This week's speaker is PRIYA KAMAT, a graduate student in the Social Psychology program.  Her talk will take place from 11 am to noon in 414 Swift Hall.

Link to Event

Post date: Wed, 06/02/2010 - 10:20

Northwestern University Feinberg School of Medicine’s Women Faculty Organization (WFO) invites faculty, staff and students to attend the Annual Children’s Memorial Lecture. This year’s lecture, “Boundary Spanning: Whitewater rafting in academe,” will be given by Katherine Kaufer Christoffel, MD, MPH, professor of pediatrics and preventive medicine. Dr. Kaufer Christoffel is also director of the Center on Obesity Management and Prevention at Children’s Memorial Research Center and director of the NUCATS Institute, Community-Engaged Research Center.

Event will be held in the Wolfson Auditorium, Children’s Memorial Research Center OR via live broadcast in the Robert H. Lurie Comprehensive Cancer Center – Hughes Auditorium.

Link to Event

Post date: Wed, 05/26/2010 - 10:08

Source: www.blog.aids.gov - Karen Resha

On June 3, 2010, the Centers for Disease Control and Prevention (CDC) through our National Prevention Information Network (CDCNPIN) will host its first Twitter Town Hall in preparation for the 2010 National HIV Testing Day (NHTD). We are inviting you to attend this exciting event, but first let me answer what may be your first and basic question: “What is a Twitter Town Hall”?

As a Lead Health Communication Specialist at the CDC, I have heard of Twitter. I even have an account. But have I used it? Not really. I must admit that I am a novice. What I do know is that a Twitter Town Hall is not simply tweeting (sending short messages), but tweeting with a focus, for a set period of time, on the same topic, with other people and organizations on Twitter. Twitter has an impressive reach of more than 100 million users worldwide — so these Town Halls have the capability of reaching an unheard of number of people and being perhaps the largest Town Hall ever held. Both President Obama and the First Lady have hosted town halls and/or discussions via Twitter.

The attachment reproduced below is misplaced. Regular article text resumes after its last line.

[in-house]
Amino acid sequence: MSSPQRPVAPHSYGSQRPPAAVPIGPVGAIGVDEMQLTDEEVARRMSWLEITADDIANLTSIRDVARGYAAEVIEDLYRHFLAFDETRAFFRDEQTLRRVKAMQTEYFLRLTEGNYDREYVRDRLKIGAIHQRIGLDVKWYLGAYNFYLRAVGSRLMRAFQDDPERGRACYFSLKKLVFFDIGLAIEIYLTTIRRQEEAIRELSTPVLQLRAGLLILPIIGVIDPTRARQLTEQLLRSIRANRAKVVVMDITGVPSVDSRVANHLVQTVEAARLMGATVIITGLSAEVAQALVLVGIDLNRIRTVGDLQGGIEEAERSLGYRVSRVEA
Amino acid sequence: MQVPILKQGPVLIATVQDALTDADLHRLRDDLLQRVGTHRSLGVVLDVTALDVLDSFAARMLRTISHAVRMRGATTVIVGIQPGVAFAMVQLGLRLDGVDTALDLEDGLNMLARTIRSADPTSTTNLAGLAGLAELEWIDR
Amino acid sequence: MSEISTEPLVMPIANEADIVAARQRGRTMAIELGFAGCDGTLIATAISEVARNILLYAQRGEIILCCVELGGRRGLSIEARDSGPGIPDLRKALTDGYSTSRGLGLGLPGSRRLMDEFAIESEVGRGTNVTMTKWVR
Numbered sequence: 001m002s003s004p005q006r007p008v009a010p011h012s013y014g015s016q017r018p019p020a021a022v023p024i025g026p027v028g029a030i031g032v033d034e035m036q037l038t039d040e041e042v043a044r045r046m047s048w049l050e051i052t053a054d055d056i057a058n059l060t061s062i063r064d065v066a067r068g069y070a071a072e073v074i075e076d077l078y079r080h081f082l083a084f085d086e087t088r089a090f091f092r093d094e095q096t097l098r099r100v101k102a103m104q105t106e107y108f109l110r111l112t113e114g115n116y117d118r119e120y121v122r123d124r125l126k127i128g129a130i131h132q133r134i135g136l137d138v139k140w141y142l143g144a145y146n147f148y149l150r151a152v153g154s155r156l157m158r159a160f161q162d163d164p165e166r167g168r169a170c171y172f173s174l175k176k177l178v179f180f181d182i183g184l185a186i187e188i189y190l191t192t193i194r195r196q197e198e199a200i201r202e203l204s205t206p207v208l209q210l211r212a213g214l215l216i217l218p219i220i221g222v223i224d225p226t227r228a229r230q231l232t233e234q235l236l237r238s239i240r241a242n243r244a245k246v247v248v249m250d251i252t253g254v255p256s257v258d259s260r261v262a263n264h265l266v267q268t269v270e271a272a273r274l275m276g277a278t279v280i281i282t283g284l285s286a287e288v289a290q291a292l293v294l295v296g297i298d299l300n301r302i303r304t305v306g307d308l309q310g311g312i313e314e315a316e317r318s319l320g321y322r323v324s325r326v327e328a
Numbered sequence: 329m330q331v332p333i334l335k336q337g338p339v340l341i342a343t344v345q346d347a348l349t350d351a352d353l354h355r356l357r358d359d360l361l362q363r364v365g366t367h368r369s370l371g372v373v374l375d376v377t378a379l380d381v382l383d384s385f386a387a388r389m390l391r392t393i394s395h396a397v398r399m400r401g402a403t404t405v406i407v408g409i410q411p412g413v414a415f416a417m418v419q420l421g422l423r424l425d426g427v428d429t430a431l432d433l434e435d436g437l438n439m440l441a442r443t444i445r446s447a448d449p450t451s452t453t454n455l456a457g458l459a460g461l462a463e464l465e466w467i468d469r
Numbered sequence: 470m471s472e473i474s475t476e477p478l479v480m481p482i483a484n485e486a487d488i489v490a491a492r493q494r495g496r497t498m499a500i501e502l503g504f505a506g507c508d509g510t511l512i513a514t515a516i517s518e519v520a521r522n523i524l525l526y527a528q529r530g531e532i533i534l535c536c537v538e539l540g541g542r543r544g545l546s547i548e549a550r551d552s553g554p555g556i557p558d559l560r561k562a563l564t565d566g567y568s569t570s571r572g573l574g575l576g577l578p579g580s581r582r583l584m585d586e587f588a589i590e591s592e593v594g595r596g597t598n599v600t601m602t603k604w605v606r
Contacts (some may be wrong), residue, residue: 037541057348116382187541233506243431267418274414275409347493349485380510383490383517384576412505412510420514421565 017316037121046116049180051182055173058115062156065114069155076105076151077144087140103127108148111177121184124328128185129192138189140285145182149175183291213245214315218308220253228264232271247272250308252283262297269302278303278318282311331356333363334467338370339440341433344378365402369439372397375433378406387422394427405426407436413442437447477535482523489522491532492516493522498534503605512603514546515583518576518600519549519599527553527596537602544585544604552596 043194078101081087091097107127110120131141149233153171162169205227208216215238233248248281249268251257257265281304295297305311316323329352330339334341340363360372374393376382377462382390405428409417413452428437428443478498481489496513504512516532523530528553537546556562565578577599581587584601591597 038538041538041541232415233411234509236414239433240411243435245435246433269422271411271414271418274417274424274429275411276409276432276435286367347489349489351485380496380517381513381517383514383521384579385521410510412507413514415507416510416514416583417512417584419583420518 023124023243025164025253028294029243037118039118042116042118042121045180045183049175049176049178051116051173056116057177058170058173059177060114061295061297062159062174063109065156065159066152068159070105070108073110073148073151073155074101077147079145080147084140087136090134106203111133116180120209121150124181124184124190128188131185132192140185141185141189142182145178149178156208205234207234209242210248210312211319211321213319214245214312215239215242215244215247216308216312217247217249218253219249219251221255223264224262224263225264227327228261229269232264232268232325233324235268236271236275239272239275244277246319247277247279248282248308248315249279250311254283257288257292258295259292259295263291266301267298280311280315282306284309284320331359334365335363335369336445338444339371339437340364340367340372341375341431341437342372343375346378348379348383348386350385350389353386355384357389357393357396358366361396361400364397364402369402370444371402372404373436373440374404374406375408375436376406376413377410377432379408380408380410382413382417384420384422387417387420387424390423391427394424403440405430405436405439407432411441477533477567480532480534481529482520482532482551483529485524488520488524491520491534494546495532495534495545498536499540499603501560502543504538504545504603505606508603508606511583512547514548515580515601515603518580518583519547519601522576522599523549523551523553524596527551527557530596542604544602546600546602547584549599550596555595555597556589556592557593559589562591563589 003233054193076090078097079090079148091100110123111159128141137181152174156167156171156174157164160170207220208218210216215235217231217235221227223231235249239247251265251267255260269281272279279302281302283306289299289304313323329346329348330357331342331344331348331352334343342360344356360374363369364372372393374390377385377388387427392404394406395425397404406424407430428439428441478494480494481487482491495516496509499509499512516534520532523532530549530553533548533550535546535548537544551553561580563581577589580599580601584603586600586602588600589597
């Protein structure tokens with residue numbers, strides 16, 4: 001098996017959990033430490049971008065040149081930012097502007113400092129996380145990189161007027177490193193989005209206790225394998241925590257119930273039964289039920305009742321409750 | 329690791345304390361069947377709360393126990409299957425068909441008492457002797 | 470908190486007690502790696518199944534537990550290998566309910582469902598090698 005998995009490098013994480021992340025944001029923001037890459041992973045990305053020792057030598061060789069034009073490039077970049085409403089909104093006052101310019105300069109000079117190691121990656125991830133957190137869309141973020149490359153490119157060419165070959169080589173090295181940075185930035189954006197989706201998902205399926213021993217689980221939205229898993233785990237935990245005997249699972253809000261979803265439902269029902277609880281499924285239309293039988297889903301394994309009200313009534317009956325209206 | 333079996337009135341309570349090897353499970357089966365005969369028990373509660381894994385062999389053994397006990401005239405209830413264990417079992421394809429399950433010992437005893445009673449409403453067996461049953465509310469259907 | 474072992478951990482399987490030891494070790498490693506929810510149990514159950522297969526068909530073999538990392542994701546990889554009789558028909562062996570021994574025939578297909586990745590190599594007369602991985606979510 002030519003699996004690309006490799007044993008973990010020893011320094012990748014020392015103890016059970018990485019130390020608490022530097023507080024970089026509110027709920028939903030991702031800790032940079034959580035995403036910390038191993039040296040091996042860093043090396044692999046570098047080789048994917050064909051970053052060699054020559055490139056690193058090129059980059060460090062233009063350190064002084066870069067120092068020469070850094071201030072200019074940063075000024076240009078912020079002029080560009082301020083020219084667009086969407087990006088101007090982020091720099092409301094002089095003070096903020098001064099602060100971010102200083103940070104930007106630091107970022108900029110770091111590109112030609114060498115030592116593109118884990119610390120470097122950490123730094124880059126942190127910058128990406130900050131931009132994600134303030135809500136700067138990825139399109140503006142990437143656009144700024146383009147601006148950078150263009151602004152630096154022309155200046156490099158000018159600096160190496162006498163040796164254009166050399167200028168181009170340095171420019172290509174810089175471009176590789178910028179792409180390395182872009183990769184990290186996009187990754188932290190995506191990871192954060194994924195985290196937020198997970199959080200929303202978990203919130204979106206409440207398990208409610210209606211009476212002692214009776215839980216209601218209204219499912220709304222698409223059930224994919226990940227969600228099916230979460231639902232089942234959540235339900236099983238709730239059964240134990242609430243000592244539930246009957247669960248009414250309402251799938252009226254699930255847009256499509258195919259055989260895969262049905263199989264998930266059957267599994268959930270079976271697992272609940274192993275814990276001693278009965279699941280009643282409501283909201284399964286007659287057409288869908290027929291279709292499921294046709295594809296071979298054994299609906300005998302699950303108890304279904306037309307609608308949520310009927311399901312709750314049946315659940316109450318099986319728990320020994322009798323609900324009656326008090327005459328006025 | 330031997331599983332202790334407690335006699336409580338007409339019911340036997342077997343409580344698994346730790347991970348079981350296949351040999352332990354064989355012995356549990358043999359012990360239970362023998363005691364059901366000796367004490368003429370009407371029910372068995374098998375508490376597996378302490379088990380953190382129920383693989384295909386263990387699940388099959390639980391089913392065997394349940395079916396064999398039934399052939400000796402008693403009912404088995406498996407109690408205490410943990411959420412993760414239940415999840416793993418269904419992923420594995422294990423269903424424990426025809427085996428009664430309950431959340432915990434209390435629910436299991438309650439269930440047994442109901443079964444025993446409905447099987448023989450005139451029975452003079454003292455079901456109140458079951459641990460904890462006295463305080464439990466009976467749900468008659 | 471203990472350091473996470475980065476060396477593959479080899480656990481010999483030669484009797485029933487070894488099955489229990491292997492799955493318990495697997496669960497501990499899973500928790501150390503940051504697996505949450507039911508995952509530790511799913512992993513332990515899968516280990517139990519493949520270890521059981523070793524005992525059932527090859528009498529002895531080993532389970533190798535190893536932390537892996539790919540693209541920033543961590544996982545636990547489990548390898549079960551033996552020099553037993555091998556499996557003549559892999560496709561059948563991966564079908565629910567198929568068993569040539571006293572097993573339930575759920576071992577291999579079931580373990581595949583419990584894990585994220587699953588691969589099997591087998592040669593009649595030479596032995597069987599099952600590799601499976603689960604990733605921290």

Read on...

Post date: Fri, 05/21/2010 - 14:49

With the increasing professionalization of Clinical Ethics and a call for standards and accreditation processes, bioethicists are coming forward with guidelines and recommendations for practice. As a clinical psychologist who has been working in clinical ethics for almost a decade, Debjani will apply the concept of cultural boundaries to the two fields with which she is most familiar. She will use a case example to illustrate how the practice of clinical ethics plays out in a hospital setting. Do the two fields complement or compete with each other?

Debjani Mukherjee, PhD, is Director of the Donnelley Family Disability Ethics Program at RIC, as well as Assistant Professor of Physical Medicine & Rehabilitation, and of Medical Humanities & Bioethics at NU's Feinberg School of Medicine.